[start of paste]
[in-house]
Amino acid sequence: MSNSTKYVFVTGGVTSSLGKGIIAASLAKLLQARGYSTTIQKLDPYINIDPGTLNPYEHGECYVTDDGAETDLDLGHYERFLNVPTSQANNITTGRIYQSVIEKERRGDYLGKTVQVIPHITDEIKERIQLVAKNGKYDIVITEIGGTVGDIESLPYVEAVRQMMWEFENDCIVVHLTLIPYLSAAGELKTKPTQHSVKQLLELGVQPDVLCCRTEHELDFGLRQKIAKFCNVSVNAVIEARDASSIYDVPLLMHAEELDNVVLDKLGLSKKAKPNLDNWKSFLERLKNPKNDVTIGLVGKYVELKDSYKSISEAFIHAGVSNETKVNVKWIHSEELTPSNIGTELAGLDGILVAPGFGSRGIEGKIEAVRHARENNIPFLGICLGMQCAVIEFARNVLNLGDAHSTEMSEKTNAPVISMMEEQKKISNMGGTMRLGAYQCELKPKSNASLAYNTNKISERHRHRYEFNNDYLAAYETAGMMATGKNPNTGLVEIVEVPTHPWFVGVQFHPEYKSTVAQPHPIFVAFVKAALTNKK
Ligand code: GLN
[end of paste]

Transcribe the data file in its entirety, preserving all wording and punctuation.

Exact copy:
[in-house]
Amino acid sequence: MSNSTKYVFVTGGVTSSLGKGIIAASLAKLLQARGYSTTIQKLDPYINIDPGTLNPYEHGECYVTDDGAETDLDLGHYERFLNVPTSQANNITTGRIYQSVIEKERRGDYLGKTVQVIPHITDEIKERIQLVAKNGKYDIVITEIGGTVGDIESLPYVEAVRQMMWEFENDCIVVHLTLIPYLSAAGELKTKPTQHSVKQLLELGVQPDVLCCRTEHELDFGLRQKIAKFCNVSVNAVIEARDASSIYDVPLLMHAEELDNVVLDKLGLSKKAKPNLDNWKSFLERLKNPKNDVTIGLVGKYVELKDSYKSISEAFIHAGVSNETKVNVKWIHSEELTPSNIGTELAGLDGILVAPGFGSRGIEGKIEAVRHARENNIPFLGICLGMQCAVIEFARNVLNLGDAHSTEMSEKTNAPVISMMEEQKKISNMGGTMRLGAYQCELKPKSNASLAYNTNKISERHRHRYEFNNDYLAAYETAGMMATGKNPNTGLVEIVEVPTHPWFVGVQFHPEYKSTVAQPHPIFVAFVKAALTNKK
Ligand code: GLN